Just as the Democratic Party in the US faces an unprecedented challenge from its left which aims to confront its entrenched, elite leadership, Udvarhelyi sees a parallel movement brewing in Budapest to supplant what she called the “emptiness” of the liberal opposition.
“The parties are so hollowed out that there is this void, and there’s no one else to enter but grassroots organizations and activists. I think using these kinds of organizational models is the only way for the national opposition to rejuvenate and for leftist and liberal politics to be changed.”
Udvarhelyi took inspiration from left-wing movements in the United States and Western Europe as she developed her tactics of direct outreach and door-to-door campaigning. She met with representatives of the Working Families Party, a progressive American political party that has played a significant role in pulling the Democrats to the left, and met with and volunteered for Ada Colau, a housing activist and organizer who was the first woman ever to be elected mayor of Barcelona. She credits the tactics she learned from such movements, and from her work in The City is for All, with the success of the campaign she ran in the Eighth.
“I’m pretty sure that if it had been the [mainstream] parties that led this campaign, we probably would have lost,” she said.
"We're gathering strength"
The growth of the ‘new left’ in Budapest largely coincided with the radical narrowing of avenues for political participation overseen by Fidesz after 2010. Under Prime Minister Viktor Orbán, the party used its parliamentary supermajority to adopt a new constitution in 2011 and create a new electoral framework in 2012, rendering the political opposition largely impotent in its parliamentary work and helping to give Fidesz three straight supermajority victories in national elections.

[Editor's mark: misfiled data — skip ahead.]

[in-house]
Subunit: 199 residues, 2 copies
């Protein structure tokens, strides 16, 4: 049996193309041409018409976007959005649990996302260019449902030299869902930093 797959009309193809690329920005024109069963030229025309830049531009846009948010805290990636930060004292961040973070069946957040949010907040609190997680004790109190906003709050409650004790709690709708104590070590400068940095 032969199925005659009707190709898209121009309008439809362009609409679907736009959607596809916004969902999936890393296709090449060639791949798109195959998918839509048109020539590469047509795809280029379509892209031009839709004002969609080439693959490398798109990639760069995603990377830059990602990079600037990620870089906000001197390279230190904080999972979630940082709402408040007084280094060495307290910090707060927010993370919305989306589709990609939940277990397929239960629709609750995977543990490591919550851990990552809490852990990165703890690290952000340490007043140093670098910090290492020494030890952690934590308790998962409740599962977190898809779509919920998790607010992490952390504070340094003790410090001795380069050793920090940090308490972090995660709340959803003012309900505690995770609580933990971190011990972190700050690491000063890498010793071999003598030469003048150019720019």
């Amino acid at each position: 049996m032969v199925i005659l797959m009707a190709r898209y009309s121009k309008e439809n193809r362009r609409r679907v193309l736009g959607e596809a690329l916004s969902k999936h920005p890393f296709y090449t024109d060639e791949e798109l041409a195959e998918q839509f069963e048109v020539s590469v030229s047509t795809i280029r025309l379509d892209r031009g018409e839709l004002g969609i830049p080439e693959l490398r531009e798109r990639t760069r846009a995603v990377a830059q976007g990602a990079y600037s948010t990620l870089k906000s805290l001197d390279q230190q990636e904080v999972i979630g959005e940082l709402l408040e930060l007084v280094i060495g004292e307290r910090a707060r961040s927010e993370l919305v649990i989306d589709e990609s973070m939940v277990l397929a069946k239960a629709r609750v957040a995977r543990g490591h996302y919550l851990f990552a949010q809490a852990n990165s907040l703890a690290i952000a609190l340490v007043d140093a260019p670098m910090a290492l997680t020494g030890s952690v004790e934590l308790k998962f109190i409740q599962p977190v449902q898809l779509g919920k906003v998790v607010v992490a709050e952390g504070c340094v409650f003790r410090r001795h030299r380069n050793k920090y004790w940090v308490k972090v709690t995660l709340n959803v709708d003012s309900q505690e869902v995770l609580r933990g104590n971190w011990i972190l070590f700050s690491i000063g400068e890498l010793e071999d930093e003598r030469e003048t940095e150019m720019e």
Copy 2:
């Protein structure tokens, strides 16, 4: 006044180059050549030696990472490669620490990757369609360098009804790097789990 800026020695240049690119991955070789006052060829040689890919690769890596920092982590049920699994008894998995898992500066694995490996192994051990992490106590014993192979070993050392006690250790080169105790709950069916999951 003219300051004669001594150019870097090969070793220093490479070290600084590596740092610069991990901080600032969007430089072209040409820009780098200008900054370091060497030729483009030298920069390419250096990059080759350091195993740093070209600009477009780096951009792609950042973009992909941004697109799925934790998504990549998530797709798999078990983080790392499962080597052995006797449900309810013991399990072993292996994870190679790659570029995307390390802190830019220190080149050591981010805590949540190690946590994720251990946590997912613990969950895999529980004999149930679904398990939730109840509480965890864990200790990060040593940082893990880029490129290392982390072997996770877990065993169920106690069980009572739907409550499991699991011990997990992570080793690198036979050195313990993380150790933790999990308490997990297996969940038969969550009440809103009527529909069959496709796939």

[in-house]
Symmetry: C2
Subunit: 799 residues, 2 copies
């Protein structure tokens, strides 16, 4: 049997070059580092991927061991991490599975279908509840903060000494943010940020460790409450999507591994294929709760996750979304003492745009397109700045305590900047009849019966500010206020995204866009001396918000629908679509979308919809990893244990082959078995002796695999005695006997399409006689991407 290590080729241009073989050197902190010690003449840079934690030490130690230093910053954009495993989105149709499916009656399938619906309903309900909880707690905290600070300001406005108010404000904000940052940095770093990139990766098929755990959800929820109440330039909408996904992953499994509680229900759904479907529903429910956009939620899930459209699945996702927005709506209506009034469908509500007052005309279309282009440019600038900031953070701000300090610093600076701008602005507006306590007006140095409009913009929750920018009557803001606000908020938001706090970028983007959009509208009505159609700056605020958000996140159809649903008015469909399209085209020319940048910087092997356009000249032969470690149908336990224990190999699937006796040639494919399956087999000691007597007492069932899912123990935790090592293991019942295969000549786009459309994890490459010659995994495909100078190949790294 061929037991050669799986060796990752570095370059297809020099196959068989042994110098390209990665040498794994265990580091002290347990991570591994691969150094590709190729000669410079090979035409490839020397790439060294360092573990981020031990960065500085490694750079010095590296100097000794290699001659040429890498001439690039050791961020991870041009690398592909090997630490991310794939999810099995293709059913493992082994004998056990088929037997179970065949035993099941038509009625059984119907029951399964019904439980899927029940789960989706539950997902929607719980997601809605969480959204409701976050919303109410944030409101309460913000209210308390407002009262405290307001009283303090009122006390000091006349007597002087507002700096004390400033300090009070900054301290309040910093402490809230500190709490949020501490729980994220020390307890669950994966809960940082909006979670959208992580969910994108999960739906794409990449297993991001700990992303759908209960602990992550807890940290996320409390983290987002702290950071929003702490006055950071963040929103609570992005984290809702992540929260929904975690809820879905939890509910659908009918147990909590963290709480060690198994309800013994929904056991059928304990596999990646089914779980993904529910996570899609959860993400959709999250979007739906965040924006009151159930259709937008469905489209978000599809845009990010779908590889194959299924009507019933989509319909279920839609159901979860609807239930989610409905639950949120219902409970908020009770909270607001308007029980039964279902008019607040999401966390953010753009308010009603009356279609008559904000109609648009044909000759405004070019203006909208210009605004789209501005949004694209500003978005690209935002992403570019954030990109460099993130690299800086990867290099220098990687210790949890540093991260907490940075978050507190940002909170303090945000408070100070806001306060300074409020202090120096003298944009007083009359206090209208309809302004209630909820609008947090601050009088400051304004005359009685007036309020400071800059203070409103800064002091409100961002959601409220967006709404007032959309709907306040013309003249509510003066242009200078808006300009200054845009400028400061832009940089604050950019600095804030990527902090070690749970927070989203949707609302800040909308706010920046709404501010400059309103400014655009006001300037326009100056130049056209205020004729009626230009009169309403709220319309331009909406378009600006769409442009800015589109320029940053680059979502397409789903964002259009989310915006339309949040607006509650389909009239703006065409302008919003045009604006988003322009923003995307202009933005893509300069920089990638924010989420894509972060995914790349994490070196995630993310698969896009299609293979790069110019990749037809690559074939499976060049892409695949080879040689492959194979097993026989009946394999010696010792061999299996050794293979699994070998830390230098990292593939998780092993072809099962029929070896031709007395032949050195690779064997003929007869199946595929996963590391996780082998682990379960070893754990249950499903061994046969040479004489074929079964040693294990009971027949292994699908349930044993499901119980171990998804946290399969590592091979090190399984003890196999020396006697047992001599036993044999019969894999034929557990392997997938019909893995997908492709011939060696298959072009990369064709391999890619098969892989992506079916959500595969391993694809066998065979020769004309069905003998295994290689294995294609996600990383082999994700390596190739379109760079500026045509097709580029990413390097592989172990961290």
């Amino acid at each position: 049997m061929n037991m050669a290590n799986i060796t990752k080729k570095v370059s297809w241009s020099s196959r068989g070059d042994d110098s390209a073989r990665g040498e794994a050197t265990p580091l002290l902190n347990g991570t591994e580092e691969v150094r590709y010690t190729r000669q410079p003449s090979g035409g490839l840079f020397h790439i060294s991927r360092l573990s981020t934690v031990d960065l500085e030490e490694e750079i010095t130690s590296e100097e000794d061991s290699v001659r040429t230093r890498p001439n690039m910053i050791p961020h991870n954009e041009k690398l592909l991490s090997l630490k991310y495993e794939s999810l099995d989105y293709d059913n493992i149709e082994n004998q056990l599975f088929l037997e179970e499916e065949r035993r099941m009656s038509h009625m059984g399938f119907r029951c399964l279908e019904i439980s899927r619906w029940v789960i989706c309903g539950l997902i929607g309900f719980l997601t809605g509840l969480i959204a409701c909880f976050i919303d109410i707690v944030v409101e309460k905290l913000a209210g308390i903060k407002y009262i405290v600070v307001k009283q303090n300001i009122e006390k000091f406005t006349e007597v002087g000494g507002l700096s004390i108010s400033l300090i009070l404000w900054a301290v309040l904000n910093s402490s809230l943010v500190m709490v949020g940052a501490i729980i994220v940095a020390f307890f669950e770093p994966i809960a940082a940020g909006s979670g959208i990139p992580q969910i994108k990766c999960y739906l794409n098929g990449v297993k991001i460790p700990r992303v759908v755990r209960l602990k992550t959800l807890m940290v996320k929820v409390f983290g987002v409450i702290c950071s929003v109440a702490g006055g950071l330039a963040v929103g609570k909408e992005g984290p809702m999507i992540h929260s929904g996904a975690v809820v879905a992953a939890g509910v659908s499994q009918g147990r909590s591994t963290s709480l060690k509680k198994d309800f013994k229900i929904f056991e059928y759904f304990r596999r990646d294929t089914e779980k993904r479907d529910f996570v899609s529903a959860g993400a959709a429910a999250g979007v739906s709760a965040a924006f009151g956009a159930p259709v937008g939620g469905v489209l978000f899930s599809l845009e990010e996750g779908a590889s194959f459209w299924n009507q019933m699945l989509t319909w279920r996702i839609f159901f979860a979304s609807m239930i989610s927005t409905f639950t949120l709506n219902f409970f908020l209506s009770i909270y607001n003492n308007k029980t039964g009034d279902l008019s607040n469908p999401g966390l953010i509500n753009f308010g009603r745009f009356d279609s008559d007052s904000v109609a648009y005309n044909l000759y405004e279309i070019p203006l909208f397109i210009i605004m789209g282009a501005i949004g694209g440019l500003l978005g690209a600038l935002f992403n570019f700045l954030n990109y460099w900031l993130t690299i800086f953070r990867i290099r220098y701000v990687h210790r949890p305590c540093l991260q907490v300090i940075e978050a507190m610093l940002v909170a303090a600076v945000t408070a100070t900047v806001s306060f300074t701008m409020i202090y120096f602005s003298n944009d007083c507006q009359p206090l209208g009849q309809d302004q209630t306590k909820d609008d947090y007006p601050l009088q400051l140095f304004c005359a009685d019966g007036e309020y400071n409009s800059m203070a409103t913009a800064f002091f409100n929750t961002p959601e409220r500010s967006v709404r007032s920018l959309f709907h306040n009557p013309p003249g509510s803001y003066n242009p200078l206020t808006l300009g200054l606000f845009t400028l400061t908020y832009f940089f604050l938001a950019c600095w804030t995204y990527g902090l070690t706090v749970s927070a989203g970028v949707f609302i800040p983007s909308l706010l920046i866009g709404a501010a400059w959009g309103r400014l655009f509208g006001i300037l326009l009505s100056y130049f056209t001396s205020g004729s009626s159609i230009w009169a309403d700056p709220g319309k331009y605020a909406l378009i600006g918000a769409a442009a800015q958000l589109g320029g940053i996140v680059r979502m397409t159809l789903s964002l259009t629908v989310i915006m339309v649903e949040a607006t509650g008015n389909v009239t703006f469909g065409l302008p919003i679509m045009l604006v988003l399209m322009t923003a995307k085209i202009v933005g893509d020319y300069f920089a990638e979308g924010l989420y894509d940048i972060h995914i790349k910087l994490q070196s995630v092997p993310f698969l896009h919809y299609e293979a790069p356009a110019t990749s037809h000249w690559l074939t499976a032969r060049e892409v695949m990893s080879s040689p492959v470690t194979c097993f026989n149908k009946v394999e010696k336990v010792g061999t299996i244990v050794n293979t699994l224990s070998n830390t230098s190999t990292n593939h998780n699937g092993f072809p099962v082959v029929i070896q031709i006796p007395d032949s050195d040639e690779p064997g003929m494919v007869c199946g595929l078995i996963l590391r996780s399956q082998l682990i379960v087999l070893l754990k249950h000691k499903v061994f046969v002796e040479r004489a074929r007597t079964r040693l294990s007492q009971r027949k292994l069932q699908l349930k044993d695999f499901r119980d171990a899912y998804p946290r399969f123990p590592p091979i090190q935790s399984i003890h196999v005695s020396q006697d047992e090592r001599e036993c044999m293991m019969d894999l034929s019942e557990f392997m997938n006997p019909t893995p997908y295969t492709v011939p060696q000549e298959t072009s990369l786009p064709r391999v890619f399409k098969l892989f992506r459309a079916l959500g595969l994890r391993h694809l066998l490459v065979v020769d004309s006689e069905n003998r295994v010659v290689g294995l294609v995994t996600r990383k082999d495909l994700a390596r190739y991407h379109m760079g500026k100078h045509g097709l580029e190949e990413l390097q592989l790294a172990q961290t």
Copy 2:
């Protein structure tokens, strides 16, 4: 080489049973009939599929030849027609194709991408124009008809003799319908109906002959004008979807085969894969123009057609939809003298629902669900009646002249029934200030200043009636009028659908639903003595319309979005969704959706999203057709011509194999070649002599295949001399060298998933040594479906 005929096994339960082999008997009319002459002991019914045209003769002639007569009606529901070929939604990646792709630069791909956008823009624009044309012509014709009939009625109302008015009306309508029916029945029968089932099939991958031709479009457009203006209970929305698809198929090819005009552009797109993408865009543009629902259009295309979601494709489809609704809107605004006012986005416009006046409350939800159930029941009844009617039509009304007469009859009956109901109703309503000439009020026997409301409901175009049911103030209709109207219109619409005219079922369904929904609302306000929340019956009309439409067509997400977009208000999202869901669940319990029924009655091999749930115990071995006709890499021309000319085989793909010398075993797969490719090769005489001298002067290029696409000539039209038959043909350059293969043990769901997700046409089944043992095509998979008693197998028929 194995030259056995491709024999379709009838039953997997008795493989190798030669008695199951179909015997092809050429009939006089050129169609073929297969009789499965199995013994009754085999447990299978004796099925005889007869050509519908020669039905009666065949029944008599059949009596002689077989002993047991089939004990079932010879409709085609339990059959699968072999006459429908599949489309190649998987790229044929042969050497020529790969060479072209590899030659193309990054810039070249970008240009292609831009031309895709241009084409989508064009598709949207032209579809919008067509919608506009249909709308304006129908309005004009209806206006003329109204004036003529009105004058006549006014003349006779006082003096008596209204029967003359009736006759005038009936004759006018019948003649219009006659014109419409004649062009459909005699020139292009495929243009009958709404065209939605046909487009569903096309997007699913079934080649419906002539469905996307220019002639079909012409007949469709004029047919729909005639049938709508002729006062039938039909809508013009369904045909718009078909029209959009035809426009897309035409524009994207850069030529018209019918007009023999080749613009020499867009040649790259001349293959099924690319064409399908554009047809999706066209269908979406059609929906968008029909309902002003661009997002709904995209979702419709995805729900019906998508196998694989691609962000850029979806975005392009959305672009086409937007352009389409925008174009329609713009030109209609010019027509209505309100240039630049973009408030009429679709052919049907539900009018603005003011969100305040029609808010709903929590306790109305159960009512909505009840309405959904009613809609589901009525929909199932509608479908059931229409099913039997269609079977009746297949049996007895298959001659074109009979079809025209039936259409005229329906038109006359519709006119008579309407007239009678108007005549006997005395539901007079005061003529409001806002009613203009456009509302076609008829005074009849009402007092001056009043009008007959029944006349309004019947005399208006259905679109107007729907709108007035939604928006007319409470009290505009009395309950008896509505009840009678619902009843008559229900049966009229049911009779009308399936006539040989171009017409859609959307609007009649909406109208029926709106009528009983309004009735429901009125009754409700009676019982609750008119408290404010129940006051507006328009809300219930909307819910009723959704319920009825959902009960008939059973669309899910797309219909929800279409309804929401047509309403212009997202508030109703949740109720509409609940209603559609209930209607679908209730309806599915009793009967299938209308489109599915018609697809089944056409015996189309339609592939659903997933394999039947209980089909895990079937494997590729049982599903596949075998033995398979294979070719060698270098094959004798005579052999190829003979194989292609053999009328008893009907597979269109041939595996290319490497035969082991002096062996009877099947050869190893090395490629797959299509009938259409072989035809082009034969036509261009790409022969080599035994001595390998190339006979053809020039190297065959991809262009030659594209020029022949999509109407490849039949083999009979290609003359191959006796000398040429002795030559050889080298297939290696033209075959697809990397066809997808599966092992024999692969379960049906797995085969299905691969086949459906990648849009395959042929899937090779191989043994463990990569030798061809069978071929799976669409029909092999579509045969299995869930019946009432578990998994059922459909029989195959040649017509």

Meanwhile, liberal opposition parties made attempts to forge pacts of cooperation, such as the Unity alliance in 2014, but each failed to build durable organizational structures or mobilize mass support that could challenge Fidesz’s supremacy. Schisms within the parties further weakened and atomized the opposition, as when the Democratic Coalition split from the Socialist party in 2011 or the micro-party Dialogue broke off from green party Politics Can Be Different in 2013. By the time 2014 parliamentary elections came around, Fidesz easily maintained its two-thirds majority and defeated both the liberal coalition and the radical right-wing Jobbik party.
What followed was a period of disaffection with the liberal opposition as the left-of-center opposition parties lost almost 150,000 voters between 2014-2018 while Fidesz picked up nearly 600,000 in the same period. Gergő Birtalan, a member of the Gólya cooperative in the Eighth District, said that after 2014 many young, politically active Hungarians began to see attempts to influence politics through traditional means as a dead-end. It seemed as if party politics, lobbying, and even street protests had failed to influence the ruling party.
“Fidesz is relentless,” Birtalan said. “Some people think that if you put 100,000 people on the street then an elected official will think, ‘They won’t vote for me next time so I’ll do something different.’ But Fidesz made it evident that this will never happen.”
The City is for All, he said, spent years lobbying the government to exempt families with children from forced evictions. “This was a very reduced version of their overall goal of not evicting anyone ever, but even this was met with complete indifference from the government.”
To counter these policies and the unresponsiveness of the political establishment, a movement began to take shape which aimed to form an autonomous pole on the margins of a mainstream political culture plunging into right-wing totalitarianism. This movement, divorced from both the right-wing populism of Fidesz and the neoliberalism of some of the opposition parties, set out to use horizontal, democratic organization to confront issues around housing inequality (From Streets to Homes Association, Periféria Center), homelessness and gentrification (The City is for All, Utcajogász), migrant and refugee rights (MigSzol), feminism (NEM!, Nők Rojaváért), environmental action (Extinction Rebellion Magyarország), education (Hallgatói Szakszervezet, Szabad Egyetem and movements within the National Teachers’ Union) and the creation of a solidarity economy.
This movement’s adherents largely eschewed electoral politics, pursuing instead a strategy of institution-building which they hoped could provide for the common welfare and represent a solidarity-based, sustainable alternative to mainstream politicking.
“We are trying to communicate in other, more personal networks, and through projects that we’re building,” said Birtalan of the Gólya cooperative. That model of abstaining from mainstream politics, he added, protects the cooperative from polarizing political processes “in which one side identifies you as an enemy and the other side identifies you as an ally. Right now we’re not looking for enemies because we’re gathering strength.”